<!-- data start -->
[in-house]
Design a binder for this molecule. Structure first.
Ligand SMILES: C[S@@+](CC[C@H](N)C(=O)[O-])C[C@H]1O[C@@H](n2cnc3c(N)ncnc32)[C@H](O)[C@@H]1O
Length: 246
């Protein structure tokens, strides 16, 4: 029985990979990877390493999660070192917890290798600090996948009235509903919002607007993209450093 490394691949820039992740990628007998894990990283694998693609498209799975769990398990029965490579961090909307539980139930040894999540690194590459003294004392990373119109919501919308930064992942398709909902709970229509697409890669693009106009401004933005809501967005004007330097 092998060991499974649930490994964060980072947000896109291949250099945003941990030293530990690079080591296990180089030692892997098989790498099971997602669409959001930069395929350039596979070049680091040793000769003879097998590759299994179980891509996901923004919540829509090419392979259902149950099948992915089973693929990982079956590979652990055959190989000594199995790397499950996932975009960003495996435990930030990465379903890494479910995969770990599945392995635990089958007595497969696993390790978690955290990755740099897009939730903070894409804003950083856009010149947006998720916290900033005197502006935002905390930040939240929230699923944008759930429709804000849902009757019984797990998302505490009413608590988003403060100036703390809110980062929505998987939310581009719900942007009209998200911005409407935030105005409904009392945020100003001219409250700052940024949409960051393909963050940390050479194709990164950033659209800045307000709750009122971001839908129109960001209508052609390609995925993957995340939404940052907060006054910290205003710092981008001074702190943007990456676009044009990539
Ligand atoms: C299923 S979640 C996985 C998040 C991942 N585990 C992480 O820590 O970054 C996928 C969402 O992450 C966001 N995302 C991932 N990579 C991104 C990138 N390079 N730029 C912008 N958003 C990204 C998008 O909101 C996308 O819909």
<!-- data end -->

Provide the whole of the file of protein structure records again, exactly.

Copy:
[in-house]
Design a binder for this molecule. Structure first.
Ligand SMILES: C[S@@+](CC[C@H](N)C(=O)[O-])C[C@H]1O[C@@H](n2cnc3c(N)ncnc32)[C@H](O)[C@@H]1O
Length: 246
């Protein structure tokens, strides 16, 4: 029985990979990877390493999660070192917890290798600090996948009235509903919002607007993209450093 490394691949820039992740990628007998894990990283694998693609498209799975769990398990029965490579961090909307539980139930040894999540690194590459003294004392990373119109919501919308930064992942398709909902709970229509697409890669693009106009401004933005809501967005004007330097 092998060991499974649930490994964060980072947000896109291949250099945003941990030293530990690079080591296990180089030692892997098989790498099971997602669409959001930069395929350039596979070049680091040793000769003879097998590759299994179980891509996901923004919540829509090419392979259902149950099948992915089973693929990982079956590979652990055959190989000594199995790397499950996932975009960003495996435990930030990465379903890494479910995969770990599945392995635990089958007595497969696993390790978690955290990755740099897009939730903070894409804003950083856009010149947006998720916290900033005197502006935002905390930040939240929230699923944008759930429709804000849902009757019984797990998302505490009413608590988003403060100036703390809110980062929505998987939310581009719900942007009209998200911005409407935030105005409904009392945020100003001219409250700052940024949409960051393909963050940390050479194709990164950033659209800045307000709750009122971001839908129109960001209508052609390609995925993957995340939404940052907060006054910290205003710092981008001074702190943007990456676009044009990539
Ligand atoms: C299923 S979640 C996985 C998040 C991942 N585990 C992480 O820590 O970054 C996928 C969402 O992450 C966001 N995302 C991932 N990579 C991104 C990138 N390079 N730029 C912008 N958003 C990204 C998008 O909101 C996308 O819909």